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FBI agent arrested, accused of shooting man on D.C.-area train in off-duty incident

The confrontation unfolded on Dec. 15 in WMATA's Medical Center station in Montgomery County.

An FBI agent was arrested for attempted murder after shooting a fellow passenger last year aboard a Metro train in suburban Washington, D.C., according to an indictment unsealed on Tuesday.

The 37-year-old agent, Eduardo Valdivia, is facing charges of attempted second-degree murder, first-degree assault, use of a firearm in a violent crime and reckless endangerment from the Dec. 15 incident, a Montgomery County, Maryland, grand jury said.

In the attempted murder and assault charges, the indictment names the victim as Steven Slaughter. While in the reckless endangerment charge, Valdivia "created a substantial risk of death or serious physical injury to Mario Grande," according to the indictment.

The agent, who lives in Gaithersburg, surrendered to Montgomery County Sheriff’s deputies on Tuesday, jail records showed.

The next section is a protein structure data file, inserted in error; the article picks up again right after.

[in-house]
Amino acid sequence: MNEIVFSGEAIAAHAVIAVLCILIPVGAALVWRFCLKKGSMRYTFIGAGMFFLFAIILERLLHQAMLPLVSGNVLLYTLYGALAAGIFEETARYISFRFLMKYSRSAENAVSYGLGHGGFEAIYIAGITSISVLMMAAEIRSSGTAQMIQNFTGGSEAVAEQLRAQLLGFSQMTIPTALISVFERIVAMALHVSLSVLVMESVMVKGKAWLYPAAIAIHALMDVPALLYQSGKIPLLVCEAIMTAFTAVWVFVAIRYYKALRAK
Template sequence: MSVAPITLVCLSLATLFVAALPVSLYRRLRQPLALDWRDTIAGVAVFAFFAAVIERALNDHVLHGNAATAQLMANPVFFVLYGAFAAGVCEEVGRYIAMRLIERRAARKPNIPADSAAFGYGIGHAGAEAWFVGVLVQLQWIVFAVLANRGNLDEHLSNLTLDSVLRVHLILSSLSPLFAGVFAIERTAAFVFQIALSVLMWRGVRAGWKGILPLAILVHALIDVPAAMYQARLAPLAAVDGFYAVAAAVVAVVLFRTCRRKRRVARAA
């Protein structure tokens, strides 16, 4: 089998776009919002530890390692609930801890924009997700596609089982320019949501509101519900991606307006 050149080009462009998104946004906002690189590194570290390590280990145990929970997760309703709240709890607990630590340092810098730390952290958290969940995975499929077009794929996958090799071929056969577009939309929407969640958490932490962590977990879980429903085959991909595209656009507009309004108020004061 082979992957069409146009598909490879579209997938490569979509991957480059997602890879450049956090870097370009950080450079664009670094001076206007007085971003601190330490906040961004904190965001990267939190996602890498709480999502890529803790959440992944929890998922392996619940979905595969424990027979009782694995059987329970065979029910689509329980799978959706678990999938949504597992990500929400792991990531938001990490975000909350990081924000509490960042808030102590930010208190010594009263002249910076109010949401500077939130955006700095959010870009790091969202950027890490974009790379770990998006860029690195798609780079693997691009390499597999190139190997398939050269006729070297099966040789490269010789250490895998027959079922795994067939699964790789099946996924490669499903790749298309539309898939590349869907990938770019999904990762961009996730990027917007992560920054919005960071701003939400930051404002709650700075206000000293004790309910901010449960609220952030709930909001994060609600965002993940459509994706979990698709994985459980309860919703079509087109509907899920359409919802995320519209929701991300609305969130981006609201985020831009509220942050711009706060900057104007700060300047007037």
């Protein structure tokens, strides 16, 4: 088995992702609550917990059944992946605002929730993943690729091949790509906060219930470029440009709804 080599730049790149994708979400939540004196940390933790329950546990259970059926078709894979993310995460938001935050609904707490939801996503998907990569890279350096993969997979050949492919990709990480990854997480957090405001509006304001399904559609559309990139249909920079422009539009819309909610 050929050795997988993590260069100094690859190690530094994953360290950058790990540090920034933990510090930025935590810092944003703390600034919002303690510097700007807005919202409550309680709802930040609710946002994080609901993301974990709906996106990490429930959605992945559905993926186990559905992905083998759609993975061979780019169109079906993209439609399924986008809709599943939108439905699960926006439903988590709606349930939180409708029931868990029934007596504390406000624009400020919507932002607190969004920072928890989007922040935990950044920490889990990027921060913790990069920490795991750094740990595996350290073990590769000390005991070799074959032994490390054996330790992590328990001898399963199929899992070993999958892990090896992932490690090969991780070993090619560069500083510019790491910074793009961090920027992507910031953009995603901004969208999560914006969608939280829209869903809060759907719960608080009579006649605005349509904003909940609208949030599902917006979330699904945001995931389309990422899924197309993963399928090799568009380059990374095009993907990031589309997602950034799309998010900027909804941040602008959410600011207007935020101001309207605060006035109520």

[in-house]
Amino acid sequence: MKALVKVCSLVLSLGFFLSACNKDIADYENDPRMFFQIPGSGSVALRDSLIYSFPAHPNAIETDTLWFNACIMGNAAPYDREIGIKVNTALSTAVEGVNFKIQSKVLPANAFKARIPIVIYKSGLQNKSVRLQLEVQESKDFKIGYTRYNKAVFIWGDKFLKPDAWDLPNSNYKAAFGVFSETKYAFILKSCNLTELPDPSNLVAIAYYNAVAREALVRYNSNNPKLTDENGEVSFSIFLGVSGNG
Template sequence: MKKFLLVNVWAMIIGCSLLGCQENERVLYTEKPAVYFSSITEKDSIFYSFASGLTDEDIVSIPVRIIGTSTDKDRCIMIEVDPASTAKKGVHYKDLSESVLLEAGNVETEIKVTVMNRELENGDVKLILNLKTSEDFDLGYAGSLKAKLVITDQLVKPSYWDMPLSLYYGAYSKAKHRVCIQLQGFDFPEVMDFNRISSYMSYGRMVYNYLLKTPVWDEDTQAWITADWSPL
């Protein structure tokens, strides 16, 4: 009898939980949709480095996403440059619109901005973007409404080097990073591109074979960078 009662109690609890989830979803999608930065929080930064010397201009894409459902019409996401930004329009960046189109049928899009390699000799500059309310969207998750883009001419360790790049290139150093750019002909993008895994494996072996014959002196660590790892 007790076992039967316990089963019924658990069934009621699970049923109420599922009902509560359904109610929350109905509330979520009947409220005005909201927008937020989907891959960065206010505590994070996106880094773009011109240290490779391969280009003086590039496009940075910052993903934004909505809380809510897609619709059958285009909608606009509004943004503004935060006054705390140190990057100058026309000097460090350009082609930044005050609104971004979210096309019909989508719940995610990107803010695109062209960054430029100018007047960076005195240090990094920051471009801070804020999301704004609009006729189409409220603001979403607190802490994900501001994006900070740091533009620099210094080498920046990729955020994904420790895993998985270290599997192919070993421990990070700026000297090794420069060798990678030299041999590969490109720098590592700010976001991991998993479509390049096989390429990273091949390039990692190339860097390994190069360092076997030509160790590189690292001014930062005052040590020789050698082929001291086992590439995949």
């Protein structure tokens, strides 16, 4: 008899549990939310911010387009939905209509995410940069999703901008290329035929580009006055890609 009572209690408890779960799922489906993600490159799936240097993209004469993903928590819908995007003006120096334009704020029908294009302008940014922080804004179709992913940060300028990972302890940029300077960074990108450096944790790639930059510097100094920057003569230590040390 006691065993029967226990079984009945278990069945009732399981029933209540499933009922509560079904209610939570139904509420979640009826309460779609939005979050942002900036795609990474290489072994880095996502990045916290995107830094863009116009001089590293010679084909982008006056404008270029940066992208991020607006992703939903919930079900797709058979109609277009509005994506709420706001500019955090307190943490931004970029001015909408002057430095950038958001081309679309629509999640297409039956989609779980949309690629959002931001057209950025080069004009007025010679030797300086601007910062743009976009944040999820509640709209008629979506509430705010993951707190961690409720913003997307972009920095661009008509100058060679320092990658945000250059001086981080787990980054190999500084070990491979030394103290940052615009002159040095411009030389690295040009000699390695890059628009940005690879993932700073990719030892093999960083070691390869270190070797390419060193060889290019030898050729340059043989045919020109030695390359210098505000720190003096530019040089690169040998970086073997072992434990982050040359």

In a statement issued on Tuesday, the bureau's Baltimore field office confirmed an agent's arrest in Montgomery County, Maryland, but declined further comment.

"The FBI is aware of the recent charges brought by the Montgomery County, Maryland State's Attorney's Office involving an FBI Special Agent, and we are fully cooperating with the State's Attorney's Office on this matter," the FBI said.

"As is customary following a shooting incident, this matter will be subject to internal review."

Gunfire erupted on Dec. 15 when an off-duty FBI agent and another man were aboard a Washington Metropolitan Area Transit Authority (WMATA) train as it approached the Medical Center Station, the public transportation agency said.

"Following a verbal exchange, multiple shots were fired by the agent, striking the passenger," WMATA said at the time. "The gunshot victim and FBI agent both exited the train on the platform at Medical Center at approximately 6:41 a.m."

Valdiva's defense lawyer, Robert Bonsib, said his client acted in self-defense and would be vindicated.

Valdivia was on his way to work that morning when he was confronted by a man who “engaged in threatening and aggressive behavior,” according to Bonsib.

“One does not wait to be physically attacked — one does not wait until the threat has ’hands on you' — before one is authorized to defend oneself,” according to statement by Bonsib.

“Neither does one need to retreat — when retreat is not possible — as was not possible here when Eddie Valdivia was seated at the end of the Metro car” with his back against the wall and “no clear exit path.”